From C++ to Haskell

If you had been in OOPs for as long as you can remember, jumping into functional programming (FP) can be tiring and if you had chosen haskell, at times it would be disappointing. After a while with Haskell, you will never want to go anywhere else and you will feel sick with all other languages!. I spent 5 years with enterprise scale C++ code base then jumped into Haskell. I mentioned ‘enterprise’ OOPs, means, it is either legacy code or a huge codebase with leaky abstractions everywhere.

My learning curve could be summarized as follows:

  1. Unlearn traditional encapsulation, class members etc., from OOPs; Learn to appreciate concise code and small variable scopes in FP
  2. Work with types, function signatures, type classes etc., rather than classes
  3. Pattern matching and equational reasoning.. a humble assignment operator from OOPs has a completely different meaning in Haskell!
  4. Most stuff can be solved by recursing and accumulating.. infact, a recursive code is more easy to write and read when compared to iterative code.
  5. Abstract away iterations and conditional reasoning as much as possible, solve things by function composition and currying
  6. ‘Functions as first class citizens’ helps to find neat way to do things. Importantly, arranging function parameters to support better currying is super fun
  7. Lazy evaluations.. I hit this wall very hard only after I started working with disk IO.
  8. Type errors and ‘could not deduce’ errors. There were times, when I wrote only couple of lines of code, but ended up fixing type errors all day. There are also days when I would expect a particular type error, but instead spend time to fix all the other unexpected type errors. All said, it always feels good to fix compilation errors rather than firing up GDB on a C++ core dump! a SEGV fault in Haskell application is very very rare.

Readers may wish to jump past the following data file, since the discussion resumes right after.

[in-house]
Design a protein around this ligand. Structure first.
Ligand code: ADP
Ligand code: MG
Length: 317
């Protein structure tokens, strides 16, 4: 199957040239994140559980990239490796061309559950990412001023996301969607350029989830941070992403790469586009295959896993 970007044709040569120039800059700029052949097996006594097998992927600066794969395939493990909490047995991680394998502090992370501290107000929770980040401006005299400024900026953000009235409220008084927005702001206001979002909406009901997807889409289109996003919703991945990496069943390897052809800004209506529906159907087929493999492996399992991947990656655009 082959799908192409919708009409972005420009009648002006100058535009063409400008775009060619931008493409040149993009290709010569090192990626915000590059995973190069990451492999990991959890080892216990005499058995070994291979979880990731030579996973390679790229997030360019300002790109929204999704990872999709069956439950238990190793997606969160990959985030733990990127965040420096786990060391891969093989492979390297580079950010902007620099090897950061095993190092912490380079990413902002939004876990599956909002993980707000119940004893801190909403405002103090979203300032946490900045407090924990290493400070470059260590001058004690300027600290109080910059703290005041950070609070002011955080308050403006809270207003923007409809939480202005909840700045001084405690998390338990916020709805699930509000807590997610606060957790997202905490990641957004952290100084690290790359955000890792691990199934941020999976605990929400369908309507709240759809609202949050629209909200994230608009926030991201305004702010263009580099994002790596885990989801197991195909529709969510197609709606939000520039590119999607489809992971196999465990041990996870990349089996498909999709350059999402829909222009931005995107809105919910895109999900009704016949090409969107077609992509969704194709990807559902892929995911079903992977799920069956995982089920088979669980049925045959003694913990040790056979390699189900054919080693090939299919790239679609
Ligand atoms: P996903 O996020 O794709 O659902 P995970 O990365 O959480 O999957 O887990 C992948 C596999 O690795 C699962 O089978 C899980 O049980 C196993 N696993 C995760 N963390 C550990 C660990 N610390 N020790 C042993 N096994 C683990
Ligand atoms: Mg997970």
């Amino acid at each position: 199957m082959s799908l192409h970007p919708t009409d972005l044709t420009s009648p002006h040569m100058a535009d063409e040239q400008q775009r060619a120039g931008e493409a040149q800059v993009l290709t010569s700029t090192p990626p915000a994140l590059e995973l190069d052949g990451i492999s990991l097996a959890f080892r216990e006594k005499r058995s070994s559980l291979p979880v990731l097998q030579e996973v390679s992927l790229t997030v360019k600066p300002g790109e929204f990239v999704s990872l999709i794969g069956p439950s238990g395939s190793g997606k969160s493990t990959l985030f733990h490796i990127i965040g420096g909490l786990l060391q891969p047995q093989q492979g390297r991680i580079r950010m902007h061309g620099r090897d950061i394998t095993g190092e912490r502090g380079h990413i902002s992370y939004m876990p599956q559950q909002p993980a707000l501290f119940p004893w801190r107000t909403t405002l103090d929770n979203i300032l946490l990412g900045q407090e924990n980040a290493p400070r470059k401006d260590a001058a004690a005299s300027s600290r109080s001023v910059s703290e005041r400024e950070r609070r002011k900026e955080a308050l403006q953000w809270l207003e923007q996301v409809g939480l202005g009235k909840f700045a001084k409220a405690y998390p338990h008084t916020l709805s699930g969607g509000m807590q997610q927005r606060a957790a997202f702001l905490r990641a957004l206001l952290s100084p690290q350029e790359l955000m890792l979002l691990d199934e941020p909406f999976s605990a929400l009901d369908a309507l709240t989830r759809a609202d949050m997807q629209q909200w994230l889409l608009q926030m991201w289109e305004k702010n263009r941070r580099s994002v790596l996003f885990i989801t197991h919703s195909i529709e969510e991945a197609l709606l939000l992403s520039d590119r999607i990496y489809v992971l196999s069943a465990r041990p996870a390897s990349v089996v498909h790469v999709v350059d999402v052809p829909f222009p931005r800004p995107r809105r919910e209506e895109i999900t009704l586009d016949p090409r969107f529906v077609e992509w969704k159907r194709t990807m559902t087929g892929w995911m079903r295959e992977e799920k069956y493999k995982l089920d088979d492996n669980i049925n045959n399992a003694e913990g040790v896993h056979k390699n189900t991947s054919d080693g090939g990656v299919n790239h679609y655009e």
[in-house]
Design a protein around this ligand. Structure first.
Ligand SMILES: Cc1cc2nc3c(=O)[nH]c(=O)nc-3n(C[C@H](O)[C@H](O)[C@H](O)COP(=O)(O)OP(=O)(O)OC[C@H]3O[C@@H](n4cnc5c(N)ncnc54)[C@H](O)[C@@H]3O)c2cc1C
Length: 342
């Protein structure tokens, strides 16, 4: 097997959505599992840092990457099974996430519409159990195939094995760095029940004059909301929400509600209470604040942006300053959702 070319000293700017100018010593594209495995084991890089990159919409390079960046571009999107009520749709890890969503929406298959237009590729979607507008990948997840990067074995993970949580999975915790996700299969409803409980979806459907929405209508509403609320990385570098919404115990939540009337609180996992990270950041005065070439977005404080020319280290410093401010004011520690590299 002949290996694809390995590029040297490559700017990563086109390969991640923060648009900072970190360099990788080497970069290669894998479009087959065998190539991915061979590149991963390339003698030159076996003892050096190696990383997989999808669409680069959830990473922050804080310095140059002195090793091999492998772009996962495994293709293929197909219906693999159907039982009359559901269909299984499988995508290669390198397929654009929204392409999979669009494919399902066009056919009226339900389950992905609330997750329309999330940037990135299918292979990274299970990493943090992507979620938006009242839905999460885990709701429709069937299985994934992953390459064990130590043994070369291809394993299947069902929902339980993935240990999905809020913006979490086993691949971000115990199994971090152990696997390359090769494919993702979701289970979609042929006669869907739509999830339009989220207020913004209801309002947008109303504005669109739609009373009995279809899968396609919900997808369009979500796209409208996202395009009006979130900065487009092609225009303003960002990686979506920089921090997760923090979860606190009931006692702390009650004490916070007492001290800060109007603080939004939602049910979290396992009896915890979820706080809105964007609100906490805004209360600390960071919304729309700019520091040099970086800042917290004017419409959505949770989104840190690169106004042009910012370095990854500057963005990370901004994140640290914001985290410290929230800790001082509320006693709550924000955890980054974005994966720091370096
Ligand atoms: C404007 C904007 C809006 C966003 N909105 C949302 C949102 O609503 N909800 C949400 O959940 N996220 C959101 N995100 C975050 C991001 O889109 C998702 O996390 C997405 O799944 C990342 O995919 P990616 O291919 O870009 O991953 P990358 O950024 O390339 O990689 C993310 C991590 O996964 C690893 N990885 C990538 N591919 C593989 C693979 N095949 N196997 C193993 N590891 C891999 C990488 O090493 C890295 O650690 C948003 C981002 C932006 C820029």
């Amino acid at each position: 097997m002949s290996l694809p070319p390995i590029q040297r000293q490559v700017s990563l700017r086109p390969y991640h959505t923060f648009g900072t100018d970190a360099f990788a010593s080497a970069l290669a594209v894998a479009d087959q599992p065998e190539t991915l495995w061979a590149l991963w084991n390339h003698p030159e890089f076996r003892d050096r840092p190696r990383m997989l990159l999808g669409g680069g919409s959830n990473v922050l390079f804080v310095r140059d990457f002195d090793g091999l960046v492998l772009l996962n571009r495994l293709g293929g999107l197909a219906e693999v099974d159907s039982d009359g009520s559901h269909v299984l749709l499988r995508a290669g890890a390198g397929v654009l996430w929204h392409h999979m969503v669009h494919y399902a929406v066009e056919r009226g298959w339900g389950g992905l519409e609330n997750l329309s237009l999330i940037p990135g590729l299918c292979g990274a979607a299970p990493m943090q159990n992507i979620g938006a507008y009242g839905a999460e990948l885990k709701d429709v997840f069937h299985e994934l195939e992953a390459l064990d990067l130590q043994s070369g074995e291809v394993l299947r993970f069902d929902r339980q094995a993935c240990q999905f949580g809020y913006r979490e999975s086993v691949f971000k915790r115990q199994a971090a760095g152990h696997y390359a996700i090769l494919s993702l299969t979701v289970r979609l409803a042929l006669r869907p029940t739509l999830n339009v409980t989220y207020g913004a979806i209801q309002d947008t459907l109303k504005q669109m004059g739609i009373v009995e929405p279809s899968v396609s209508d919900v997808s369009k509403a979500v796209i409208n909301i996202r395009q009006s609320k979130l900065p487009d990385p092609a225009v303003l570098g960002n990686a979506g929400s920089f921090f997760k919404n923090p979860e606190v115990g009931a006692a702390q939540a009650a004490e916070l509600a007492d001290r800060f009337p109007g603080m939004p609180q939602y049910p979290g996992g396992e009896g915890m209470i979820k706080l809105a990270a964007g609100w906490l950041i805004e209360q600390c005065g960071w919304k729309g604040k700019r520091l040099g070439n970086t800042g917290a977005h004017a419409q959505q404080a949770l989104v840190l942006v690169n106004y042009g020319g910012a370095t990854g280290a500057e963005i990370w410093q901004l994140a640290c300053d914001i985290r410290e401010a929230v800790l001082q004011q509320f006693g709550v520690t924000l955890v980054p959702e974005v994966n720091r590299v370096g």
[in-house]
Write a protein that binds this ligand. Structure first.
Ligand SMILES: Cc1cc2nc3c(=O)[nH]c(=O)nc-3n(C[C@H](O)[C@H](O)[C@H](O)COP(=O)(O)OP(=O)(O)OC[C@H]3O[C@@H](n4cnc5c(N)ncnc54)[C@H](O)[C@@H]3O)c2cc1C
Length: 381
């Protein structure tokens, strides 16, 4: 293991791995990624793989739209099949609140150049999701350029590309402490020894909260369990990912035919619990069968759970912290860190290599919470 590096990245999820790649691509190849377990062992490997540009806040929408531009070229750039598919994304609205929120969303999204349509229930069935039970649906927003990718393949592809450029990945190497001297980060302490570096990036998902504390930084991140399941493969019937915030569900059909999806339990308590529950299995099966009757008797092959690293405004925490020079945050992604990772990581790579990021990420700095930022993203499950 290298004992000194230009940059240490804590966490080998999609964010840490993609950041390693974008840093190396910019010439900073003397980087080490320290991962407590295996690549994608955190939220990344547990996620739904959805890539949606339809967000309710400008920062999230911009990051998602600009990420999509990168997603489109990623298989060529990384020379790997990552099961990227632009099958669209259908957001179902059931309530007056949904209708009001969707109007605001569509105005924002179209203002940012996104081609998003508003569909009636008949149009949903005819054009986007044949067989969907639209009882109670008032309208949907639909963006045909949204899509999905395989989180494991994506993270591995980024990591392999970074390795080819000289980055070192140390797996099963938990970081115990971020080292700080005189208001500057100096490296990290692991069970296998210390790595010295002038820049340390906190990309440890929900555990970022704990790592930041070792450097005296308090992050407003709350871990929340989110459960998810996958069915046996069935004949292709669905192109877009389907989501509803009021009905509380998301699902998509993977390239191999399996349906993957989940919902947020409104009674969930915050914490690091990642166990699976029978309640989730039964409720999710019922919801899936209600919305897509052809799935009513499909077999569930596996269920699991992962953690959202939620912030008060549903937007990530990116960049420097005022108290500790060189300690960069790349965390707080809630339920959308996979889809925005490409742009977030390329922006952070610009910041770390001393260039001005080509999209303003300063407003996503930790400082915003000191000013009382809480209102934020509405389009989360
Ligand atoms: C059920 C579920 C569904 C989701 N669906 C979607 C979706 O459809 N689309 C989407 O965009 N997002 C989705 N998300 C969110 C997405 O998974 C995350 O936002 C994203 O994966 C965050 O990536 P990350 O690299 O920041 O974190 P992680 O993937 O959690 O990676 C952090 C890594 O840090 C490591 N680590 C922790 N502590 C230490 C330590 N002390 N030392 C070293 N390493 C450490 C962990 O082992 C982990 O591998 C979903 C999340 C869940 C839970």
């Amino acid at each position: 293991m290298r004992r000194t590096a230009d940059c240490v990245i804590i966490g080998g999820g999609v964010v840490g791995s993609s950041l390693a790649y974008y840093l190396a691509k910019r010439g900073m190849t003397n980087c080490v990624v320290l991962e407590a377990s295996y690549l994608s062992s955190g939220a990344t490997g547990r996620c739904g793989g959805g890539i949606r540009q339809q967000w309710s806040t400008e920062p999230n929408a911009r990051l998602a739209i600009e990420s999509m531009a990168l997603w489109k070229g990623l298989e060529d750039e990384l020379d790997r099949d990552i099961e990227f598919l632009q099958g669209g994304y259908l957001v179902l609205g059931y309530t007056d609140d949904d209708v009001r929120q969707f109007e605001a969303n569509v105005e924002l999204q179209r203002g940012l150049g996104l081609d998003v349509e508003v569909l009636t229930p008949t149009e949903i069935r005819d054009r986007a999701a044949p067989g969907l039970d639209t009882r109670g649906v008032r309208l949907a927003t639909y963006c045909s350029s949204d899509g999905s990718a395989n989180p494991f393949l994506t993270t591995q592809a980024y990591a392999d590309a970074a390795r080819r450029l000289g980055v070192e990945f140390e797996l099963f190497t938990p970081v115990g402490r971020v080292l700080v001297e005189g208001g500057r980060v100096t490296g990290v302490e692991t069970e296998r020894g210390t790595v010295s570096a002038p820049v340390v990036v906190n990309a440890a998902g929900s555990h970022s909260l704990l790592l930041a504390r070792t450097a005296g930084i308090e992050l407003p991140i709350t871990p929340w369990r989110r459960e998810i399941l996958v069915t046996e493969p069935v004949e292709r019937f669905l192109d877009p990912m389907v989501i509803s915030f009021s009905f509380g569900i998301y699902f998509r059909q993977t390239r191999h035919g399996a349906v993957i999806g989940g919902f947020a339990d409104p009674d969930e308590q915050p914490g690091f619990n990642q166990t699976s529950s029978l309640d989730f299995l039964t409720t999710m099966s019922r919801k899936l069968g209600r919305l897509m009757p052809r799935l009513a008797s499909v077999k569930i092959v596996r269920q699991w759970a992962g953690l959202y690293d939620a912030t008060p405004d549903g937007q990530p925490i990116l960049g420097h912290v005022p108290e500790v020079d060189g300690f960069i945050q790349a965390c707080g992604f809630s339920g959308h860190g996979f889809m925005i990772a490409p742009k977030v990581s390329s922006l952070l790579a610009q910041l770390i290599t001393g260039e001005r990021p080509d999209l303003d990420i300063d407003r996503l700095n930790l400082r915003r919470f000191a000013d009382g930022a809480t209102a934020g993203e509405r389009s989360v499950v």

9. Everything works in first shot! and no core dump! .. almost always this will happen and many a times, you would never think about writing unit tests. Compilation itself is a very important happy path unit test 🙂
  10. My code is getting cleaner as I learn more of Haskell! .. this will keep on happening. No matter how much ever you discover, there are always more ways to abstract things. Since code refactoring is very cheap, you will never think twice to refactor that age old code and make it more concise.
  11. Coming across weird blog posts, papers, talks by Haskell theory gurus.. This one should not scare you. With time, you will know what to look for and what all to skip to get your work done fast. It is fun to solve real world problems by stealing ideas and implementations done by these gurus.

Did I mention, I am not very interested in Math? People always feel, you should be a Math guru to use advanced haskell features. Yes, being a Math guru helps you pick up things quite easily. But you can survive and do better in Haskell even with lesser interest in Math

Now I am dirtying my hands with Erlang; with each passing day I feel terrible to miss the wonderful static type system of Haskell.